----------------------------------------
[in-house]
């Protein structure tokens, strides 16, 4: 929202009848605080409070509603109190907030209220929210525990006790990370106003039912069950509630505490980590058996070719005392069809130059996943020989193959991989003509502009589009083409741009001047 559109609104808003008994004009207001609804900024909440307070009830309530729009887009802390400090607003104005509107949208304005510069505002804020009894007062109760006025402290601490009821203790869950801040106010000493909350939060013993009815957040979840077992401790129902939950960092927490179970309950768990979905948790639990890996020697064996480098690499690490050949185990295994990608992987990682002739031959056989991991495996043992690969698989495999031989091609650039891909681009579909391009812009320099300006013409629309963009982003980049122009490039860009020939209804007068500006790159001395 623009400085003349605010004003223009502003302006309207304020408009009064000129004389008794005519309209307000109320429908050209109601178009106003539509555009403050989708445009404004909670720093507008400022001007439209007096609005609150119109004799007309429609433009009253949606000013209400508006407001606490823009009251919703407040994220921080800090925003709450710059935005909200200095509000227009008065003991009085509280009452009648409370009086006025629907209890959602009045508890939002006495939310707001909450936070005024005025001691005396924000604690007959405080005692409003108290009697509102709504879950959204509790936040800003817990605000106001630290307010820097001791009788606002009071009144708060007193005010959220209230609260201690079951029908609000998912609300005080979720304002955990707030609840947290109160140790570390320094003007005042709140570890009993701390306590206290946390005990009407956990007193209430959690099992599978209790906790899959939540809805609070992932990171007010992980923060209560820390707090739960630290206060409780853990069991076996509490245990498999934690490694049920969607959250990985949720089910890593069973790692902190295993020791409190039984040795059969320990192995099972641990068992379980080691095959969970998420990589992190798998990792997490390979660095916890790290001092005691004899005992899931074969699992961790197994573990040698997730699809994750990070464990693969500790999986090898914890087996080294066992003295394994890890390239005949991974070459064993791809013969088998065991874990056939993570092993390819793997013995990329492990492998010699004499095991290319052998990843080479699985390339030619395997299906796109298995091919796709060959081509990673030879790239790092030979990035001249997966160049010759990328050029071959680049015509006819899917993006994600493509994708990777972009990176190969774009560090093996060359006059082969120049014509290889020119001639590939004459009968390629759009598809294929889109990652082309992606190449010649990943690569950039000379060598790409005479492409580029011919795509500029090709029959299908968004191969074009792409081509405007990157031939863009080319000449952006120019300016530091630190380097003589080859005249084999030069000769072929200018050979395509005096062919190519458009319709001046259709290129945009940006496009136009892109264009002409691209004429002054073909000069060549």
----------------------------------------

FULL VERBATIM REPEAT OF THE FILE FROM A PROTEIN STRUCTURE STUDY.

[in-house]
């Protein structure tokens, strides 16, 4: 929202009848605080409070509603109190907030209220929210525990006790990370106003039912069950509630505490980590058996070719005392069809130059996943020989193959991989003509502009589009083409741009001047 559109609104808003008994004009207001609804900024909440307070009830309530729009887009802390400090607003104005509107949208304005510069505002804020009894007062109760006025402290601490009821203790869950801040106010000493909350939060013993009815957040979840077992401790129902939950960092927490179970309950768990979905948790639990890996020697064996480098690499690490050949185990295994990608992987990682002739031959056989991991495996043992690969698989495999031989091609650039891909681009579909391009812009320099300006013409629309963009982003980049122009490039860009020939209804007068500006790159001395 623009400085003349605010004003223009502003302006309207304020408009009064000129004389008794005519309209307000109320429908050209109601178009106003539509555009403050989708445009404004909670720093507008400022001007439209007096609005609150119109004799007309429609433009009253949606000013209400508006407001606490823009009251919703407040994220921080800090925003709450710059935005909200200095509000227009008065003991009085509280009452009648409370009086006025629907209890959602009045508890939002006495939310707001909450936070005024005025001691005396924000604690007959405080005692409003108290009697509102709504879950959204509790936040800003817990605000106001630290307010820097001791009788606002009071009144708060007193005010959220209230609260201690079951029908609000998912609300005080979720304002955990707030609840947290109160140790570390320094003007005042709140570890009993701390306590206290946390005990009407956990007193209430959690099992599978209790906790899959939540809805609070992932990171007010992980923060209560820390707090739960630290206060409780853990069991076996509490245990498999934690490694049920969607959250990985949720089910890593069973790692902190295993020791409190039984040795059969320990192995099972641990068992379980080691095959969970998420990589992190798998990792997490390979660095916890790290001092005691004899005992899931074969699992961790197994573990040698997730699809994750990070464990693969500790999986090898914890087996080294066992003295394994890890390239005949991974070459064993791809013969088998065991874990056939993570092993390819793997013995990329492990492998010699004499095991290319052998990843080479699985390339030619395997299906796109298995091919796709060959081509990673030879790239790092030979990035001249997966160049010759990328050029071959680049015509006819899917993006994600493509994708990777972009990176190969774009560090093996060359006059082969120049014509290889020119001639590939004459009968390629759009598809294929889109990652082309992606190449010649990943690569950039000379060598790409005479492409580029011919795509500029090709029959299908968004191969074009792409081509405007990157031939863009080319000449952006120019300016530091630190380097003589080859005249084999030069000769072929200018050979395509005096062919190519458009319709001046259709290129945009940006496009136009892109264009002409691209004429002054073909000069060549």